I suffer from an incurable illness known as ‘old’.
The symptoms have been progressing gradually for the last few years/decades. I thought a good diet, lots of exercise, and plenty of black-tar heroin was keeping the effects at bay, but lo, it was not to be. The disease has reached a new stage and a major mile-marker has been reached. As of last Friday…I required orthotic inserts.
Yes, orthotics. The insoles your granddad uses so he can hobble from the bathroom to the trampoline. The world’s most boring add-on to your shoes. I required them.
In truth, I may have needed them well before now. I’d stopped deadlifting years ago because of occasional lower back problems. And back in my twenties (*chokes back a tear of fond remembrance*), knee problems brought an end to my running. Bit by bit, I’ve chipped away at my athletic behavior to accommodate the growing aches and pains.
So when my knee, hip, and back pain just got to be too much, I did what any person would do: I googled it. Turns out, one solution might be the laces on my shoes. Shoe laces. Yes, shoe laces. Turns out, there’re more than one way to lace your shoes. More than one way to tie them, too. Apparently my granny knot just might not be the best method. So I did an exhaustive analysis of different lacing and tying methods.
Naturally, I didn’t do this on my own time. No, no. I did this during a staff meeting. A coworker inquired what I was doing and why I had gotten tangled up in sixteen feet of shoe laces. I explained and he immediately suggested insoles. He claimed getting insoles did a world of good for him. Seemed legit, so I shifted gears (after sawing through the knot I had tied).
I came across innumerable different foot problems, but few really seemed to match my experience. I finally decided to just screw the differential diagnosis and just stuff some paper towels into my shoes. I wadded them up real good and stuck them into my medial arch and…voila!
Y’all, let me just say that what I experienced wasn’t miraculous but it could easily have been mistaken for it. I could tell nigh-instantly that something had happened. My back pain slowly disappeared over the course of the workday. My knees ached, but in a totally different way. My damn shoulder stopped hurting! It was amazing.
And this was just with paper towels! Imagine what would happen if I tried real, commercial inserts!
The answer is a lot of bad.
I went to the nearest big-box store and purchased some commercial insoles. I don’t want to get into trouble by naming a particular brand, so let’s just say that they rhymed with ‘Schoctor Dole’. I cut them to size and stuck them in my shoes. Inside of an hour, my hip hurt worse than it has ever hurt. My knees were aching again, both the new way and the classic pain. And the idea of wearing the insoles further nearly brought me to tears. So I tossed those out and went back to paper towels.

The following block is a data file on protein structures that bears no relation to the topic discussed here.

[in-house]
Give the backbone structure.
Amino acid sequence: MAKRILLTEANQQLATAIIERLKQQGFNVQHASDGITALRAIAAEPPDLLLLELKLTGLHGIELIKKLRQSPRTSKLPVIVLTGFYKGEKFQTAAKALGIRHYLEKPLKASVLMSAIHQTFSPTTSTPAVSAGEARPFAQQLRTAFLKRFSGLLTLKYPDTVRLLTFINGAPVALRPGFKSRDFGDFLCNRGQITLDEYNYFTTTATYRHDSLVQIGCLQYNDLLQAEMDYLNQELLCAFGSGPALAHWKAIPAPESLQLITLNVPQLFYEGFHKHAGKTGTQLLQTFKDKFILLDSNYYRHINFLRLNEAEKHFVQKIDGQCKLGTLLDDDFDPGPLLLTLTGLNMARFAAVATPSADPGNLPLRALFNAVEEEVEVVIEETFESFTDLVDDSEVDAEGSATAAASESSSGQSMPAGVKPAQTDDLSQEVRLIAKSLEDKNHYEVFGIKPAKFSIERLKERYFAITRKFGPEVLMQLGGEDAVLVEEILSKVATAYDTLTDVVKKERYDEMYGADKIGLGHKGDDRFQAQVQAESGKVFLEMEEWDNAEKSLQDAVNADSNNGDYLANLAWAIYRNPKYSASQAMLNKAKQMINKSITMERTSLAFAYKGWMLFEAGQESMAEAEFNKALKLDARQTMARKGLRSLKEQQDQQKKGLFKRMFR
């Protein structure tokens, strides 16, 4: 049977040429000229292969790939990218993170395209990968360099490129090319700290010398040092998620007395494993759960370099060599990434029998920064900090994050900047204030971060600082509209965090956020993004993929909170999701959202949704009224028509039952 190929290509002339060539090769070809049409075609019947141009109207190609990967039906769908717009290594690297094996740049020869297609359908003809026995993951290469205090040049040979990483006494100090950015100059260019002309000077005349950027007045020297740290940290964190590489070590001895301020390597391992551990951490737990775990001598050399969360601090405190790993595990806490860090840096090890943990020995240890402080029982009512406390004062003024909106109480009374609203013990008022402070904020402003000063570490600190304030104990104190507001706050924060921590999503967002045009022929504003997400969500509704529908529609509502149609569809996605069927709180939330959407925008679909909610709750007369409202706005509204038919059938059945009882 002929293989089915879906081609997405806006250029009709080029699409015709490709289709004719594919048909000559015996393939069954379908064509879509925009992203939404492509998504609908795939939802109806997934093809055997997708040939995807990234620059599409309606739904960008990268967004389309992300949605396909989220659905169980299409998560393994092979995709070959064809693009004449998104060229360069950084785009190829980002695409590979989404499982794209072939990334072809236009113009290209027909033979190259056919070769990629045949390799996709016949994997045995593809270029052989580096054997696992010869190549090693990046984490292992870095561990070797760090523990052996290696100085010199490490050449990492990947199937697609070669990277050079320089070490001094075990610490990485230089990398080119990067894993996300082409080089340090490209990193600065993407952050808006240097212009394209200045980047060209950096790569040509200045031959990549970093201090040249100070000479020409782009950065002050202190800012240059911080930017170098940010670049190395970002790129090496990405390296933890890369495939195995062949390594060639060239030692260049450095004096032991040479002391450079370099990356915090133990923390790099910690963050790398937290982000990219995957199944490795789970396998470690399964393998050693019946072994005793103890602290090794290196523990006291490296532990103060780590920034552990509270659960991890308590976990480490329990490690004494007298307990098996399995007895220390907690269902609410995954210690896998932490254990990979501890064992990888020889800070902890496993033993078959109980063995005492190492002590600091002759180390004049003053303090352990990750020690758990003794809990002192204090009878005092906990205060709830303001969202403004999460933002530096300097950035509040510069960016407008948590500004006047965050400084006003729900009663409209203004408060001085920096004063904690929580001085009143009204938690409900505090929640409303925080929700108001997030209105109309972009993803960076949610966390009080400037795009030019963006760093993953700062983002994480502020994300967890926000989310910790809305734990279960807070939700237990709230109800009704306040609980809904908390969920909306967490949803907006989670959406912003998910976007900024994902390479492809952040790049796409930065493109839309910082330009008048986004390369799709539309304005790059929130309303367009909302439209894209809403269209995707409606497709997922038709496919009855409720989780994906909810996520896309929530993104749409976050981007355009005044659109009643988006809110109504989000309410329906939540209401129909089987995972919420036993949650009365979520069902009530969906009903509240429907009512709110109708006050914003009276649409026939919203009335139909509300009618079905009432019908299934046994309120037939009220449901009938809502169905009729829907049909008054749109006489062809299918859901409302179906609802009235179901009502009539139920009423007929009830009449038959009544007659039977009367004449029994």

I’m now a week out and feeling better than I’ve felt in years.
Cool, great, right? No, that’s not where our story ends.
So, the wad of paper towels shoved up into my foot is working wonders, right? But why? Remember when I said I couldn’t find any afflictions to precisely explain my pain? That proved to be key. Now that I had a treatment that was having a positive effect, and I had tried another treatment that had a negative effect, I needed to work backwards and find the cause.
Knowing that the issue was being caused by an elevated medial arch, but without any of the issues normally associated with that like plantar fasciitis or the like, I had to find a solution. I couldn’t find an explanation until I began looking at commercial versions of the product I was simulating with the paper towels. Turns out, they’re called ‘scaphoid pads’. They’re a thing and they’re usually not associated with any particular affliction, just a general pain and ache associated with needing arch support.
This hasn’t revealed the affliction like I had hoped, but it has revealed another affliction, namely medical naming conventions.
See, some of you with biology or medical backgrounds may have read ‘scaphoid’ and been all ‘wait, that bone is in the hand’. And you’d be right, the scaphoid bone is in the hand (between the thumb and the radius). So what’s the pad doing? Well, the navicular bone in the foot USED to be called the scaphoid bone (probably because it is the bone between the heel and the big toe [not counting the medial cuneiform, but who does?]). So when medical terminology was reconciled between surgeons and physicians way back in the day, they decided to go with navicular. See? Proof that medicine can co-exist?
So then why is Fibula and Peroneal still used interchangeably?!?!
If you aren’t familiar with those terms, good. The fibula is a bone in the lower leg. It also used to be called the peroneal bone, until medical terminology was reconciled. Except this term never was: peroneal artery, peroneus longus and brevis, the terms continue to confound and confuse and irritate. Pick one, medicine! PICK ONE!